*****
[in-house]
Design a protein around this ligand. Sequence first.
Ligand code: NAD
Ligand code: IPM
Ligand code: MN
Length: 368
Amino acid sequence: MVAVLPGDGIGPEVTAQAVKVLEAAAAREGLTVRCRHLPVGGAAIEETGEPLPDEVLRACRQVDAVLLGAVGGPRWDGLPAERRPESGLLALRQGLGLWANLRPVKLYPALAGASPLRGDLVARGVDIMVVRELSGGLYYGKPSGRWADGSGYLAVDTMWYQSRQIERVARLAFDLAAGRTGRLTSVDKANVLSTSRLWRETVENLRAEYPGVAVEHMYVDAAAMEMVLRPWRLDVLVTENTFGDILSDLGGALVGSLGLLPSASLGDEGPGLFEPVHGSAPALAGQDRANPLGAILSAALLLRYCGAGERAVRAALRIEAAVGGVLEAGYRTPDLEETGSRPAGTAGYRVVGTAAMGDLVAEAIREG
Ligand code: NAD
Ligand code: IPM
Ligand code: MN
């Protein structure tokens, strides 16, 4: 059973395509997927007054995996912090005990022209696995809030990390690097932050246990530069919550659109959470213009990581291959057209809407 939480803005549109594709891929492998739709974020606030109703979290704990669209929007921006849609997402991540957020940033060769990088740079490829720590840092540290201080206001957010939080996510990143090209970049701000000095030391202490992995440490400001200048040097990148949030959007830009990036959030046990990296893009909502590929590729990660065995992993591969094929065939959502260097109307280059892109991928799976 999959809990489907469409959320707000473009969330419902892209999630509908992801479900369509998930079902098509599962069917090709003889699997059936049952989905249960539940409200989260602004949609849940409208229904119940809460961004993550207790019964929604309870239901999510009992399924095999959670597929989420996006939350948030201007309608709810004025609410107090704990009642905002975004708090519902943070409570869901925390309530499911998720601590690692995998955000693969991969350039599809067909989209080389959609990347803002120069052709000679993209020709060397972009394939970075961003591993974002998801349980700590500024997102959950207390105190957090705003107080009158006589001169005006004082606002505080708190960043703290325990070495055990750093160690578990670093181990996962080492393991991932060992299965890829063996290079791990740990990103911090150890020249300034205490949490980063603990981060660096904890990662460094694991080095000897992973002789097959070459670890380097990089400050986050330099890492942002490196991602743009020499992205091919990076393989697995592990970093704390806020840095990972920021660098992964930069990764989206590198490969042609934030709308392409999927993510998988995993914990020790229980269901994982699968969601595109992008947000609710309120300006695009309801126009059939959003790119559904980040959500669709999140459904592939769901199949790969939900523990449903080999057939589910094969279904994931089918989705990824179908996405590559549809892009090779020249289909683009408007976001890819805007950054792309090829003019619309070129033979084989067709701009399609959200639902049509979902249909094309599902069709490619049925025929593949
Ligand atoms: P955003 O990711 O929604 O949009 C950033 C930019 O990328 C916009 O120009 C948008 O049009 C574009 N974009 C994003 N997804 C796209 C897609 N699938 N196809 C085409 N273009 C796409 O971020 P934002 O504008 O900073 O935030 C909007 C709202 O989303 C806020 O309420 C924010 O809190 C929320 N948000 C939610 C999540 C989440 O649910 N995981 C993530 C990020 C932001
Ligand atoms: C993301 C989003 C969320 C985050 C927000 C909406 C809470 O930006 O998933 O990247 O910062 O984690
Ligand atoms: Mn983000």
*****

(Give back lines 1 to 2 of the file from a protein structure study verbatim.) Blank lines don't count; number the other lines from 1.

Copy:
[in-house]
Design a protein around this ligand. Sequence first.